Who would have thought that learning to manage money could be fun, let alone worth making a game out of it?
Well, Milton Bradley, for one. His 1860 invention, “The Game of Life,” a board game that challenges players to go from childhood to retirement, earning as much money (and points) as possible, is so popular that it’s now part of the Smithsonian’s permanent collection.
Angel Rich, CEO and founder of edtech startup WealthyLife, has a higher goal in mind than entertainment value. She hopes her new mobile game will help end poverty.
“I want people everywhere to have access to financial literacy,” says Rich, a 15-year veteran of the financial services industry, most recently serving as a global market research analyst for Prudential Financial. She believes educational computer games are the best way to teach socio-economically disadvantaged families and others how to manage their personal finances. So she formed WealthyLife in 2013.
“I decided there needed to be some type of game that allowed people to live out their financial life without the risk of them losing their money,” she says. “This way, once they have the money, they’ll know what to do with it.”
Studies on game-based learning, or gamification, show that well-designed games can motivate learners to engage in challenging tasks, master content, and sharpen critical-thinking skills.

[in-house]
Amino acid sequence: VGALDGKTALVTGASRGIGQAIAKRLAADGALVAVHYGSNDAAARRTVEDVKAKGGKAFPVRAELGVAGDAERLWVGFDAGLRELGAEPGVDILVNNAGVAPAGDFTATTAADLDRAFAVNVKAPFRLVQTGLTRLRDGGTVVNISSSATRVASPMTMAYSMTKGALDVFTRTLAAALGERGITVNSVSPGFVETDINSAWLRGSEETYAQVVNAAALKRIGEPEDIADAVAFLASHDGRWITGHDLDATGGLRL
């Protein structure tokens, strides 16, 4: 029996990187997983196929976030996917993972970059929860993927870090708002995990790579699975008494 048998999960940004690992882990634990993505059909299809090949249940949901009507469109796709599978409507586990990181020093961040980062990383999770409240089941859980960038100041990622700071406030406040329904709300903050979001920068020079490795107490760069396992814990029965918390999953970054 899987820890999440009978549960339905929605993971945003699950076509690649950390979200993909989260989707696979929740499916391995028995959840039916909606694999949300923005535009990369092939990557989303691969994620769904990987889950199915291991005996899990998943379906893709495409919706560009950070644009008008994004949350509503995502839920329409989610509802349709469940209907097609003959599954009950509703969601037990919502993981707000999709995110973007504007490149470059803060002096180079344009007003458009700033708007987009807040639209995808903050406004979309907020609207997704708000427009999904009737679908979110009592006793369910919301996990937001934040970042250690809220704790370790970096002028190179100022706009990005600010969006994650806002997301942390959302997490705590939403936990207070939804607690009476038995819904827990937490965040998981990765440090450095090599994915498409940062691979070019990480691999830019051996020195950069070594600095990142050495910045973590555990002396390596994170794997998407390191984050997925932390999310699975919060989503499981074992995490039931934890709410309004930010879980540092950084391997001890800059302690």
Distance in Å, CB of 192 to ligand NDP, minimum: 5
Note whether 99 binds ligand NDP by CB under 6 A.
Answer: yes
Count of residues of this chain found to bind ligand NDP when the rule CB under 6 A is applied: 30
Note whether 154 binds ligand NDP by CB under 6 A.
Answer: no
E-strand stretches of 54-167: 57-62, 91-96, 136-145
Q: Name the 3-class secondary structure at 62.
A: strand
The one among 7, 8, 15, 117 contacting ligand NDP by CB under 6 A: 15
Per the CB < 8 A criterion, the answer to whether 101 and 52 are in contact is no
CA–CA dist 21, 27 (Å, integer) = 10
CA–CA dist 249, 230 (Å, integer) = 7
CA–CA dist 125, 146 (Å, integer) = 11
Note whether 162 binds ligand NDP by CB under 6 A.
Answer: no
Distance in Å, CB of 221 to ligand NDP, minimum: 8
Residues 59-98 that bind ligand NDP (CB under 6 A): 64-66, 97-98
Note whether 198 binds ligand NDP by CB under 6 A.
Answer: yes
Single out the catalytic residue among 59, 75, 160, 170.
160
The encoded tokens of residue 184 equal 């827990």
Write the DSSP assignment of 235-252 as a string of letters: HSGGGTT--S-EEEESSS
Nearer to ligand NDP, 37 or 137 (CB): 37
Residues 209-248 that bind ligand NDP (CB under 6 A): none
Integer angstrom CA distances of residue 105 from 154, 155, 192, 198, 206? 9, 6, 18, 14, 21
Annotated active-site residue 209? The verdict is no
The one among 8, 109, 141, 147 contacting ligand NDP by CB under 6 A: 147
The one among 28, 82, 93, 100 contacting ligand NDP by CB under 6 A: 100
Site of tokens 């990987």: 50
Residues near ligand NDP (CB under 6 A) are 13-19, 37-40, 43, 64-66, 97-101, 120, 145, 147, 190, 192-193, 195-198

WealthyLife’s first game, CreditStacker, launched in July 2016, is designed to do just that. It takes users from birth to retirement, in 12 interactive modules, to teach players how to use credit wisely, make timely bill payments, and achieve a high credit score.
Following completion of the ETC’s AccelerateBaltimore program in April, the company plans to launch additional games designed to take users further along the financial management continuum, covering everything from savings and budgeting to participating in 401Ks, buying life insurance, and more.
“We want to take a holistic view of finance, in order to educate people and increase their retention of information and make an impact on their future behavior, when it comes to finance,” says Rich. “Our mission is to reduce poverty by providing equal access to quality, easy to understand financial literacy, across the world.”
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